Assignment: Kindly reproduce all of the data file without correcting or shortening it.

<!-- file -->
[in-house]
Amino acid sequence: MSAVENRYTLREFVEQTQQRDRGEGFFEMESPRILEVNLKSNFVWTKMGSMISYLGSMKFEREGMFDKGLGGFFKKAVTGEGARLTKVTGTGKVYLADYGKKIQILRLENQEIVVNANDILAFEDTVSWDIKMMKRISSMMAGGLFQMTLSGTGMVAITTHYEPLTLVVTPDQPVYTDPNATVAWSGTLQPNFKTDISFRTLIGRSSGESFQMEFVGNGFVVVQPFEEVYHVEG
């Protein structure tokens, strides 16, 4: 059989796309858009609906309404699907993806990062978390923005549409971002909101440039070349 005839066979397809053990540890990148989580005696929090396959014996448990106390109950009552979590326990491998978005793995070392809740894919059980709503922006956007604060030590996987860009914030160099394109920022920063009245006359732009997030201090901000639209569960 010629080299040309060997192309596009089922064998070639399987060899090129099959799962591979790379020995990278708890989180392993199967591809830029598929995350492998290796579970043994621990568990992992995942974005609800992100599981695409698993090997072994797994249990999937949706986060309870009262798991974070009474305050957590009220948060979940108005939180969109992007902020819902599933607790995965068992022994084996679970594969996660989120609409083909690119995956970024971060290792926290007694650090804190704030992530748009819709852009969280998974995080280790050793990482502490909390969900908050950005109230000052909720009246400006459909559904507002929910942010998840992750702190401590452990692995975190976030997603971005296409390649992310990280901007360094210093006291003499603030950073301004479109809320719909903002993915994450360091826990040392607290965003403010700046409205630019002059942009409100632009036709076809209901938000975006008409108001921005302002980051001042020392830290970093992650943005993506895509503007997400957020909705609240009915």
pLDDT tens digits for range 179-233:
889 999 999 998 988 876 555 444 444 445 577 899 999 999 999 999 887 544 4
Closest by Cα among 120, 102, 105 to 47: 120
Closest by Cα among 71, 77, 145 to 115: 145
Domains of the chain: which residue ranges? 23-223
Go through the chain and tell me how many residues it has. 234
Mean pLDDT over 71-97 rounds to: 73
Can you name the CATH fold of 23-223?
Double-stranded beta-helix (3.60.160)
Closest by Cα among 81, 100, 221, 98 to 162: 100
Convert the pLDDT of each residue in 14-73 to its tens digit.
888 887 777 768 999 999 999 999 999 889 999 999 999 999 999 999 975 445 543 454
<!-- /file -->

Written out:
[in-house]
Amino acid sequence: MSAVENRYTLREFVEQTQQRDRGEGFFEMESPRILEVNLKSNFVWTKMGSMISYLGSMKFEREGMFDKGLGGFFKKAVTGEGARLTKVTGTGKVYLADYGKKIQILRLENQEIVVNANDILAFEDTVSWDIKMMKRISSMMAGGLFQMTLSGTGMVAITTHYEPLTLVVTPDQPVYTDPNATVAWSGTLQPNFKTDISFRTLIGRSSGESFQMEFVGNGFVVVQPFEEVYHVEG
């Protein structure tokens, strides 16, 4: 059989796309858009609906309404699907993806990062978390923005549409971002909101440039070349 005839066979397809053990540890990148989580005696929090396959014996448990106390109950009552979590326990491998978005793995070392809740894919059980709503922006956007604060030590996987860009914030160099394109920022920063009245006359732009997030201090901000639209569960 010629080299040309060997192309596009089922064998070639399987060899090129099959799962591979790379020995990278708890989180392993199967591809830029598929995350492998290796579970043994621990568990992992995942974005609800992100599981695409698993090997072994797994249990999937949706986060309870009262798991974070009474305050957590009220948060979940108005939180969109992007902020819902599933607790995965068992022994084996679970594969996660989120609409083909690119995956970024971060290792926290007694650090804190704030992530748009819709852009969280998974995080280790050793990482502490909390969900908050950005109230000052909720009246400006459909559904507002929910942010998840992750702190401590452990692995975190976030997603971005296409390649992310990280901007360094210093006291003499603030950073301004479109809320719909903002993915994450360091826990040392607290965003403010700046409205630019002059942009409100632009036709076809209901938000975006008409108001921005302002980051001042020392830290970093992650943005993506895509503007997400957020909705609240009915």
pLDDT tens digits for range 179-233:
889 999 999 998 988 876 555 444 444 445 577 899 999 999 999 999 887 544 4
Closest by Cα among 120, 102, 105 to 47: 120
Closest by Cα among 71, 77, 145 to 115: 145
Domains of the chain: which residue ranges? 23-223
Go through the chain and tell me how many residues it has. 234
Mean pLDDT over 71-97 rounds to: 73
Can you name the CATH fold of 23-223?
Double-stranded beta-helix (3.60.160)
Closest by Cα among 81, 100, 221, 98 to 162: 100
Convert the pLDDT of each residue in 14-73 to its tens digit.
888 887 777 768 999 999 999 999 999 889 999 999 999 999 999 999 975 445 543 454